Fire chiefs in Scotland have been heavily criticised after it was revealed almost 1,000 posts have been axed in three years. It is now feared that lives will be put at risk because of a lack of staff.

Figures from the Scottish Fire and Rescue Service show 956 jobs have been cut since the service was merged into a single service in 2013. Of those, 667 were frontline firefighters with another 289 job losses coming from control or support roles.

The situation looks set to worsen as plans to close control rooms in north Scotland later this year are still on the table.

Chris McGlone, executive council member for the FBU in Scotland, said the figures were shocking, albeit unsurprising. “The Chief Officer needs to grasp the seriousness of the situation and quickly. We were told that the move to a single fire and rescue service would protect frontline outcomes and improve the service the public receive.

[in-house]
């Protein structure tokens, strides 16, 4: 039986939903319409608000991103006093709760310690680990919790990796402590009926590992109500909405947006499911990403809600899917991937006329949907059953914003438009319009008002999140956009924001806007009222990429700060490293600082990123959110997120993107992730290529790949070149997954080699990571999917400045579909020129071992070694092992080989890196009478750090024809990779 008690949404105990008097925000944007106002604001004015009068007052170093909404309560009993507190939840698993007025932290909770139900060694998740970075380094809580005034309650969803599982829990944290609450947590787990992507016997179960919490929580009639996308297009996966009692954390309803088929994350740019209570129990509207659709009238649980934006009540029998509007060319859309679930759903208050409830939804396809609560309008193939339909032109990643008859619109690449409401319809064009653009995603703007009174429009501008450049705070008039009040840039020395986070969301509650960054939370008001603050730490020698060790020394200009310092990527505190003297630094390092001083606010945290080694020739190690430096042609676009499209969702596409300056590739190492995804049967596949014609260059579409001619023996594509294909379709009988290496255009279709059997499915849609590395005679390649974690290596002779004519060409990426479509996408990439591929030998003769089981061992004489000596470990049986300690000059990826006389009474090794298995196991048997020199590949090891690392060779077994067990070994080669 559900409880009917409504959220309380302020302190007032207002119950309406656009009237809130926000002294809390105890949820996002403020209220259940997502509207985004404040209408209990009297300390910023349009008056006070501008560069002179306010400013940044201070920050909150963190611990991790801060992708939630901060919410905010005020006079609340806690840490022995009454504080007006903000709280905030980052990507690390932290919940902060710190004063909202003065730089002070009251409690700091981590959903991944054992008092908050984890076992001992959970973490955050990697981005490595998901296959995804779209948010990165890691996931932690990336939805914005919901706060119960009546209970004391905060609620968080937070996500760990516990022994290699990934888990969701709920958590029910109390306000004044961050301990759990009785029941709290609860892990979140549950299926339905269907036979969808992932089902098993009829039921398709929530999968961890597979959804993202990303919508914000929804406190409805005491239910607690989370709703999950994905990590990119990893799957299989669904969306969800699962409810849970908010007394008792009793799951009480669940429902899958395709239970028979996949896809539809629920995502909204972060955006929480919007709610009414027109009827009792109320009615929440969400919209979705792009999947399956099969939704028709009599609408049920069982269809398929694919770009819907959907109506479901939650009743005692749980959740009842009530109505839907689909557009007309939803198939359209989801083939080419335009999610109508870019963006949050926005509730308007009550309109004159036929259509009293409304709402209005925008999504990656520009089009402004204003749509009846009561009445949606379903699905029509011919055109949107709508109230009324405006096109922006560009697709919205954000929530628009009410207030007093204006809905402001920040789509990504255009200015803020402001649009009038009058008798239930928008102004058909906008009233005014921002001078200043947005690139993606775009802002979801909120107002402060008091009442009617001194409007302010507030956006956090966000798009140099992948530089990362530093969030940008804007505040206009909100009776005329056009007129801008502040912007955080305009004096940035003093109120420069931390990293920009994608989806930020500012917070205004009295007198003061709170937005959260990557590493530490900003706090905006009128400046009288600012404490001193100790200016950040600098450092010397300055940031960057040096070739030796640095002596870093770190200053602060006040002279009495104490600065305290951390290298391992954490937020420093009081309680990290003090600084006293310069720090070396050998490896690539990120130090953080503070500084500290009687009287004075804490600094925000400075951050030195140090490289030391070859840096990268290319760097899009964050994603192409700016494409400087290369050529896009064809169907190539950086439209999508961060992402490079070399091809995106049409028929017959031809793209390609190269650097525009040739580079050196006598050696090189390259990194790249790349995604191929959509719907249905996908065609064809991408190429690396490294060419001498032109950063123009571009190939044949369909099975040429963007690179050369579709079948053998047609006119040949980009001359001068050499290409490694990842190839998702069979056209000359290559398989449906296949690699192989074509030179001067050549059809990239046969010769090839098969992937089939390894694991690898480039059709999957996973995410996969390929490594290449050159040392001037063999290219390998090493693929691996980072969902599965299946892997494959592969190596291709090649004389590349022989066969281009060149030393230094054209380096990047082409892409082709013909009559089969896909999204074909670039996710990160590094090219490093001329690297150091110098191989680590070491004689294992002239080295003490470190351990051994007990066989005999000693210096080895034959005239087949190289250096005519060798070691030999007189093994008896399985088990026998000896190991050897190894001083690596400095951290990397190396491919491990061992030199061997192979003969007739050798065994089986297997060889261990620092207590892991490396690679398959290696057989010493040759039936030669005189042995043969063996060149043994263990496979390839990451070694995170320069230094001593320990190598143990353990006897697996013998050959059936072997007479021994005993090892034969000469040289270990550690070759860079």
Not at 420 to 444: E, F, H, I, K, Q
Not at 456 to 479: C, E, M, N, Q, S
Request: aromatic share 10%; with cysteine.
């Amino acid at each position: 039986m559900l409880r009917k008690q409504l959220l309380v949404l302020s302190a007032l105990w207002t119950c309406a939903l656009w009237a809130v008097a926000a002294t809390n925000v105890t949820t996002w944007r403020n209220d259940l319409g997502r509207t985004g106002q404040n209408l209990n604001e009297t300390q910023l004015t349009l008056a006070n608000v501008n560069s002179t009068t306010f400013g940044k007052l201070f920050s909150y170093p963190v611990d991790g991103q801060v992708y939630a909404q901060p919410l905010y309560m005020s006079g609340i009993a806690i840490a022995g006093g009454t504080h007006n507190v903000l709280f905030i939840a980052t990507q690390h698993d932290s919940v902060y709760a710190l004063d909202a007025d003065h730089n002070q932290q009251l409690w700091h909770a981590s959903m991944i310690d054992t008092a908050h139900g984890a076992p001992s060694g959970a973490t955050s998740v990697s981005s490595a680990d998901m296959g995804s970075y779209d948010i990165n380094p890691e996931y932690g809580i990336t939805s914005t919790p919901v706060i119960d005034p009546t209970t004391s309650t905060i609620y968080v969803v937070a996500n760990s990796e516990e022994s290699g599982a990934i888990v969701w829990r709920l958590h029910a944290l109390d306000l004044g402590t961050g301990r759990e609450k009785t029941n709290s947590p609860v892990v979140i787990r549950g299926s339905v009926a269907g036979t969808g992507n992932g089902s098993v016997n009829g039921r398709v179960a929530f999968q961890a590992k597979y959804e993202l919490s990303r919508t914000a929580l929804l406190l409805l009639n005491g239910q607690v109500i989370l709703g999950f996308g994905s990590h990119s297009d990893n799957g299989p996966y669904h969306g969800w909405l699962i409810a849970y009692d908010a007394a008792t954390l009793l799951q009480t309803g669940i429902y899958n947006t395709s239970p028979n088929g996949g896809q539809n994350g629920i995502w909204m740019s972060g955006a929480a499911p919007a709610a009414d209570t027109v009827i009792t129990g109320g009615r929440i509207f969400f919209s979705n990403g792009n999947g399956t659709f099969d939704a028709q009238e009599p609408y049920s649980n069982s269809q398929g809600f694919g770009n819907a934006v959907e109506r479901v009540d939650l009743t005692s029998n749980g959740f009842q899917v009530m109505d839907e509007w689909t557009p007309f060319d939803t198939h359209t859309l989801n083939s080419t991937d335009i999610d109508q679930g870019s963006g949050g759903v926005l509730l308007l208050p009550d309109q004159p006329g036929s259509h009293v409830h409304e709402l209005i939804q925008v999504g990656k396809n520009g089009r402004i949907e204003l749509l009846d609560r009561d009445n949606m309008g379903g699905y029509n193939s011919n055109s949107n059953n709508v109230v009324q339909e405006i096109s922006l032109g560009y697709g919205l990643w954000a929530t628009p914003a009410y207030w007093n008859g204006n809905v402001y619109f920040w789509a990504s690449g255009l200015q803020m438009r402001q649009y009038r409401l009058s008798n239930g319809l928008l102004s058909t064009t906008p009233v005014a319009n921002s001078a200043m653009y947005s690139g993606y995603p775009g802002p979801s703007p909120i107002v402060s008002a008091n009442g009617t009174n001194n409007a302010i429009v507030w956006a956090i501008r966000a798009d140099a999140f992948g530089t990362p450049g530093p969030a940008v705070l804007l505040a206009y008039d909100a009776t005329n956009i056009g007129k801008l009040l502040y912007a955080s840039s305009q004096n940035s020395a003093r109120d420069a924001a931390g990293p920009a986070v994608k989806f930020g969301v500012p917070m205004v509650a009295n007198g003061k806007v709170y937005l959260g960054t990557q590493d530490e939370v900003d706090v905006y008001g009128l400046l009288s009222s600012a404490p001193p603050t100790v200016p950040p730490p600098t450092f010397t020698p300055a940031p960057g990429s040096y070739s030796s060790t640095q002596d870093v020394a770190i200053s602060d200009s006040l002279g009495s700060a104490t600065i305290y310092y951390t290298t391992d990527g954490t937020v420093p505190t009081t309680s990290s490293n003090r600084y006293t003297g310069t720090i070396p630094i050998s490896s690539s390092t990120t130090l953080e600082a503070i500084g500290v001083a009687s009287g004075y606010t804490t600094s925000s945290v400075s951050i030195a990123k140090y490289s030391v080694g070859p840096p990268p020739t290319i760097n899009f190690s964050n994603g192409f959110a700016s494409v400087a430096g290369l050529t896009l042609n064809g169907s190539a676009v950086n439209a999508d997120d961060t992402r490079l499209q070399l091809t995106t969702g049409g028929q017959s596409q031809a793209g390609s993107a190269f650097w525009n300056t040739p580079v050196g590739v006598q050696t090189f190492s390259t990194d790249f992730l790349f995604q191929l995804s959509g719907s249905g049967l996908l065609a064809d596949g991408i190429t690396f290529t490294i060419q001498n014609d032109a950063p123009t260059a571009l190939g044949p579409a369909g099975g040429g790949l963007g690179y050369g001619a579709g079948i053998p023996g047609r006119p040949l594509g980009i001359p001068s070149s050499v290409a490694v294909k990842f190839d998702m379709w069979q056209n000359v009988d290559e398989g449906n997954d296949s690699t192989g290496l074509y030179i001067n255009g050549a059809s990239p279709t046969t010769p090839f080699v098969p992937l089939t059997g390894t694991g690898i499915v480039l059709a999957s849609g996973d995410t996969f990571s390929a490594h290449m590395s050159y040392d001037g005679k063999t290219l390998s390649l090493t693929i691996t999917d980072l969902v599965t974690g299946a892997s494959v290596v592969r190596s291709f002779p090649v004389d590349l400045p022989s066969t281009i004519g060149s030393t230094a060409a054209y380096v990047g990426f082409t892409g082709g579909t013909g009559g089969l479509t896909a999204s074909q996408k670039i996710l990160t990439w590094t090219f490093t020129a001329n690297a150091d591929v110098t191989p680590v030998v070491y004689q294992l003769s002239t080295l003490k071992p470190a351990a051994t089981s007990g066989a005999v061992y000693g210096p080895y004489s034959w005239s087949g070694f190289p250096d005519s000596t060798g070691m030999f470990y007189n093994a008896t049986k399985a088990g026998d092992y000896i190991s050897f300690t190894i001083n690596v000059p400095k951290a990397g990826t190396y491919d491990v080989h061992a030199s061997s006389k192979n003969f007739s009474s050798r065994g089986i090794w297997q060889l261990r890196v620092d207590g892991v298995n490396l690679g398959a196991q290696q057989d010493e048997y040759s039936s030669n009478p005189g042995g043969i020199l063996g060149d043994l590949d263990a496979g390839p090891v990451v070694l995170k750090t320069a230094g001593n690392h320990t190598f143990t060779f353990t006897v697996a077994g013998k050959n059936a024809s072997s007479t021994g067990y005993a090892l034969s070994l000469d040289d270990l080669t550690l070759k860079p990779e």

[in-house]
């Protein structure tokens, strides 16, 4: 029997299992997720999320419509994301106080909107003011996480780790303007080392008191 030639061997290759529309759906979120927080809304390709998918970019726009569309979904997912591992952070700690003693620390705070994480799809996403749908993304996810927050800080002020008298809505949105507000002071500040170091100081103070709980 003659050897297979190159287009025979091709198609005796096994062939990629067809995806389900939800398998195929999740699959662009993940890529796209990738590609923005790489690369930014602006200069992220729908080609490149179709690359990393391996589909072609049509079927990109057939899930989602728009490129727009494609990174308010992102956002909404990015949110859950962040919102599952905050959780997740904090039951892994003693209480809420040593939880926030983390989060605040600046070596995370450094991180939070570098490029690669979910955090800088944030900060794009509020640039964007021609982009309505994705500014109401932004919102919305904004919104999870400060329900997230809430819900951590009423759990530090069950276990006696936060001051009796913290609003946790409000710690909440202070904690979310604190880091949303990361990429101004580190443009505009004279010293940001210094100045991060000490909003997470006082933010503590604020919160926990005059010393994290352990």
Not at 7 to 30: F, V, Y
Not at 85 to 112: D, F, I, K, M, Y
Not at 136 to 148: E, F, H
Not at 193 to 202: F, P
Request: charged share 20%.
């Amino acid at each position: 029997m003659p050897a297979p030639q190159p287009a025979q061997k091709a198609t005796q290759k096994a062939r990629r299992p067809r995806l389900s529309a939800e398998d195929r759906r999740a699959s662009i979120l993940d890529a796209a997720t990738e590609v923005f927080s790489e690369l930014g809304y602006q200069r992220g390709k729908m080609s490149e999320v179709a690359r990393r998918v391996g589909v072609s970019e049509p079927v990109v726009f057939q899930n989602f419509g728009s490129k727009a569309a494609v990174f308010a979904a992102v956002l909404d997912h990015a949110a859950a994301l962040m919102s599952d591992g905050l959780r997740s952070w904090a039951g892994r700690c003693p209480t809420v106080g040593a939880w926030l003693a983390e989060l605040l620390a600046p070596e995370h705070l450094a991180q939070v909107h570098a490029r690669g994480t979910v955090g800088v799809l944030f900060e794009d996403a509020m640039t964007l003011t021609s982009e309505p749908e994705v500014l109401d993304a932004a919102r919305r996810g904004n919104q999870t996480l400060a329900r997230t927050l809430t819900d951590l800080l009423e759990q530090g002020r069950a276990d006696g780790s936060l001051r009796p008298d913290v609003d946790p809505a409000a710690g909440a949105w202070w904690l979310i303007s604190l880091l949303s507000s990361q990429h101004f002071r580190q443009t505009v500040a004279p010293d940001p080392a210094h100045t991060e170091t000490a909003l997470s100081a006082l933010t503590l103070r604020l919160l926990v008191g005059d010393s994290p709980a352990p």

"Since then, we have seen a year on year erosion of front line control and firefighter numbers and a lack of urgency at the top of the organisation to address these losses. Experience tells us that it is the public who will ultimately pay the price.

“Although we welcome the recent commitment from the Scottish Fire and Rescue Service to commence recruitment, it will now take some considerable time before the shortfalls are dealt with and the safe crewing model agreed with the FBU can be fully supported.”

The FBU added that firefighter shortages are now hitting the frontline, with up to 6 wholetime fire engines per day being routinely removed from service due to a lack of available firefighters to crew them.